Trump and his allies have made a dark calculation — 'reopening' at any price is his only path to re-election

Trump and his allies have made a dark calculation — 'reopening' at any price is his only path to re-election
President Donald J. Trump, joined by Vice President Mike Pence and members of the White House COVID-19 Coronavirus task force, delivers remarks and answers questions from members of the press Tuesday, April 7, 2020, in the James S. Brady White House Press Briefing Room. (Official White House Photo by Tia Dufour)

It seems like only yesterday that everyone was lamenting the lack of COVID-19 tests and vital medical equipment, and now we are supposedly ready to "reopen the country." That's because it was only yesterday — and it will be the same tomorrow. There are still not enough tests and not enough medical equipment. But because the worst hotspots, including New York City are muddling through at or near the apex of the pandemic curve — dealing with the ravages of this virus day after day as the bodies pile up but new cases level off — President Trump is trying to change the subject away from his failures to a premature declaration of victory.


His coronavirus rallies (aka "press briefings") this week have been hostile affairs, with the president on the defensive trying to push back against the devastating cascade of reporting that has laid bare the fiasco of his response to the pandemic. But by once again attempting to downplay the current state of the crisis, he seems intent upon making exactly the same mistakes he made before.

MSNBC's Chris Hayes astutely observed on his Tuesday night show that Trump made three essential errors at the beginning of the crisis.

  1. He failed to take it seriously and appreciate the terrible danger of a pandemic.
  2. The administration did not move quickly, with the lead time, it had to prepare adequate testing.
  3. He focused on the problem of the economy, thinking of it as somehow more important than — and separate from — the epidemic.

Inadequate testing left public health professionals flying blind for weeks and Trump's lack of understanding of the threat meant that officials waited far too long to issue social distancing guidelines and initiate any meaningful public health response. Trump spent most of his time making happy talk to pump up the stock market, which made it almost impossible for the government to adjust for new information or switch gears when something wasn't working, because he was deeply invested in saying everything was going great.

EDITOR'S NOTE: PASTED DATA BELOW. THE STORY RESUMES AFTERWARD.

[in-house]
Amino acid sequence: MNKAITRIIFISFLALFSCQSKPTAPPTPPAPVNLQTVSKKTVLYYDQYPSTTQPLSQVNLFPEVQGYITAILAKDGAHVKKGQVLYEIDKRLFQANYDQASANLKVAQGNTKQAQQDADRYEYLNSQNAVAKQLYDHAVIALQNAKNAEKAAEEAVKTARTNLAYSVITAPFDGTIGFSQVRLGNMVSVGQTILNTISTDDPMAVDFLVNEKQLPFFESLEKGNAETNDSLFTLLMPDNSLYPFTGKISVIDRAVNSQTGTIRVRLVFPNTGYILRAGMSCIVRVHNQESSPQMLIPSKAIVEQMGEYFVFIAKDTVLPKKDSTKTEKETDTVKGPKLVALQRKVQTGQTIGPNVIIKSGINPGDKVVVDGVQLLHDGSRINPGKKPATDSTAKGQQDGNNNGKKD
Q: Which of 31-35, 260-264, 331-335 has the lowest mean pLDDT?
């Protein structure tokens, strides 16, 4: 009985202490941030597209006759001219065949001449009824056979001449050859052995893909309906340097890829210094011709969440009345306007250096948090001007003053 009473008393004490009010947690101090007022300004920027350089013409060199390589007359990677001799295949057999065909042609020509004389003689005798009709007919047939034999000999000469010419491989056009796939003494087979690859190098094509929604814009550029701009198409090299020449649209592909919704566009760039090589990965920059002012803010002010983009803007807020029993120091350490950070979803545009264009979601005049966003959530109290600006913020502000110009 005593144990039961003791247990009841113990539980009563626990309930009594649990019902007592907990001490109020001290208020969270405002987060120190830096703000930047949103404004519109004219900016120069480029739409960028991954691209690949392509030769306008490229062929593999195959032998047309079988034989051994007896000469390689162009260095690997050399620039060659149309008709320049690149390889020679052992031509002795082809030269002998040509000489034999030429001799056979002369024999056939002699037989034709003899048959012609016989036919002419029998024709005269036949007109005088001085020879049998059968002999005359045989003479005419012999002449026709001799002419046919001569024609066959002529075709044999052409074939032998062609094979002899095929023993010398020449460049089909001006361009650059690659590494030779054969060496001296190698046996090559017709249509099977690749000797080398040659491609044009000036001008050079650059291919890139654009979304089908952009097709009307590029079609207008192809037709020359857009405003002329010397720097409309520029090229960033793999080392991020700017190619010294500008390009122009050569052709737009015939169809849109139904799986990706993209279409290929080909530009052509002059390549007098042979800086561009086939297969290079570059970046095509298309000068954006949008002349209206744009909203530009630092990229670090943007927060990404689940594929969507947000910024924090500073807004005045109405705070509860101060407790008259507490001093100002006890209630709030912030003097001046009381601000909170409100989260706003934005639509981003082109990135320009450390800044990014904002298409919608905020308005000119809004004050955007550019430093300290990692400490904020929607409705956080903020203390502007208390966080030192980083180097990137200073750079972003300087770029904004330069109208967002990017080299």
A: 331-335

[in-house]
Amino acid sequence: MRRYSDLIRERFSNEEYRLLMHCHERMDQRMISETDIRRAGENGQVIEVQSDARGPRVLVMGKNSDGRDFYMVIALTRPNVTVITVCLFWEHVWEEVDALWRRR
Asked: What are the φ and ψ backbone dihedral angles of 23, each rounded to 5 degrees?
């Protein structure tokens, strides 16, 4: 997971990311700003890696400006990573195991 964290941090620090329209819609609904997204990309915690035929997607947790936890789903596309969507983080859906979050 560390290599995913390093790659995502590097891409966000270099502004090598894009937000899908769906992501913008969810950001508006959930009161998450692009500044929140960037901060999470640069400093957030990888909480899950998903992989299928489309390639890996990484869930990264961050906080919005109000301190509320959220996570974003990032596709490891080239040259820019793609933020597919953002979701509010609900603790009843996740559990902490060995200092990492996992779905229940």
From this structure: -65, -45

As Hayes pointed out, Trump learned nothing from that experience and has remained focused on himself and his re-election prospects above everything else — so he's doing exactly the same things all over again.

Trump still fails to appreciate the deadliness of this virus, now bragging openly that because the models no longer suggest hundreds of thousands of deaths, he has handled the crisis "perfectly." Now that he's concentrating on "reopening the country," he again fails to understand that testing and contact tracing on a massive scale is absolutely necessary to avoid a terrible resurgence of the outbreak.

Indeed, he still doesn't seem to understand that asymptomatic people can spread the virus. At last Friday's coronavirus rally, Trump said widespread testing was not needed because "people aren't going to go to the hospital, people aren't going to get sick. It will be gone and it won't be that much longer." (The public health experts undoubtedly pounded their heads on their desks when they heard that one.)

He has totally abdicated, once again, the responsibility to make sure that testing is available:

And of course, Trump still sees the economy as the greater problem, without understanding that these things are all connected, and that dealing with the epidemic is necessary before the economy can recover. Simply telling people to go back to work, go back to the mall and go out to dinner doesn't mean they are going to do it if they think it might kill them. He can't just magically wish this all away.

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